Unless you’re a die-hard single speeder or have converted your bike to a 1 x and have forgotten what it’s like to have more than one chainring, smooth and effective shifting between chainrings is a basic, but crucial, skill.

And with some pretty cool technology on the market, there’s never been a better time to make sure you’ve got your shifting under control.

Question: Why do (some) bikes have gears?

Answer: To be able to ride comfortably over a variety of terrain.

It’s easy to focus on mastering how to use the gears at the back while leaving things pretty much alone at the front. For many people, the front gears are the go-to only when things point up or start to point down! By learning to change between the front chainrings you can add or take off a whole lot of gears in one quick move.

As you work down (or up) to the last few gears in the cassette, have you ever heard that grinding/rubbing noise? That’s the chain rubbing on the front mech as the angle of the ‘chainline’ gets more diagonal – also known as cross-chaining.

An example of Cross Chaining is when you are stretching the chain by having your bike in the biggest gear at the front and the biggest gear at the back

Want to be able to use the full range of your gears without that pesky rubbing noise? With the trim function on your front shifter, you can make the bad noises go away.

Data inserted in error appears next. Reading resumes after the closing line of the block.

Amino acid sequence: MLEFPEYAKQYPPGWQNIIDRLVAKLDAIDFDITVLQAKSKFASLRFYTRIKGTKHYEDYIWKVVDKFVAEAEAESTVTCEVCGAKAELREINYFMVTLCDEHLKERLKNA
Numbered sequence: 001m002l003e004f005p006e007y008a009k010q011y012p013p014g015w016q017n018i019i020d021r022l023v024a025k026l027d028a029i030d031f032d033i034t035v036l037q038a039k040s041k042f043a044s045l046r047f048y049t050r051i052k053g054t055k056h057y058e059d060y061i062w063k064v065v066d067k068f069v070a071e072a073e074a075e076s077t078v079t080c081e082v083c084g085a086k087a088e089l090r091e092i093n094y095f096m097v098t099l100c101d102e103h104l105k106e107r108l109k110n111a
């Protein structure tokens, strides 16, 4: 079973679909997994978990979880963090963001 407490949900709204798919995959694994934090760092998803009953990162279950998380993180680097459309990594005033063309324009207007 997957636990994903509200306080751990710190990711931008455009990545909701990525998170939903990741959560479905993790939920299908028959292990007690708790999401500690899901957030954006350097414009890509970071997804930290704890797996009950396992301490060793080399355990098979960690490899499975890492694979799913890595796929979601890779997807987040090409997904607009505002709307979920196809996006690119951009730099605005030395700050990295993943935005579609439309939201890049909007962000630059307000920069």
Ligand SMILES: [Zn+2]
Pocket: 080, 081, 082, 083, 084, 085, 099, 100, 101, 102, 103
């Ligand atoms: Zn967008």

You may have heard the word Trim before used in connection with shifting, or you may have even done it accidentally while shifting but never knew the name for it. Either way, “trimming” is an important skill to have if and as you access the gears in the extremes of your bike’s range.

The trim function is essentially a ‘microshift’ with moves the front mech ever so slightly without moving the chain off the chainring. The silence is most useful when planning surprise uphill attacks on your riding mates.

NB – Even though the trim function can help take care of the noises, when the chain is at the inner and outer most extremes it isn’t kind on the hardware. 

Chain and driveline parts wear faster and shift less reliably if constantly cross-geared. Also, not all bikes have a trim function. You will need to look up the model you have to find out.

All still seems like hard work?  It’s ok, technology is here to save us! Now you know about trimming get ready to have your mind (and wallet) blown. Automatic Trimming in electronic groupsets.

These are top of the range bits of kit, such as EPS, Etap and Di2 from the big manufacturers. These electronic grouppos ‘sense’ when the chainline is getting too extreme and trim for you. I know, right?

The most advanced electronic groupset, Shimano’s Di2 for MTB, goes one step further and will actually automatically shift the chain between rings front and rear as it senses cross-gearing. Think Auto gearboxes for bikes! (You can, of course, turn this function off if you develop iRobot related concerns about whether or not your bike is subject to the Three Laws)

So, technology is aiding to eradicate cross-gearing, but even if you have a mechanical set up, there’s high chance that with a few gentle clicks you can experience quieter, better riding and stealth your way past your mates on that hill!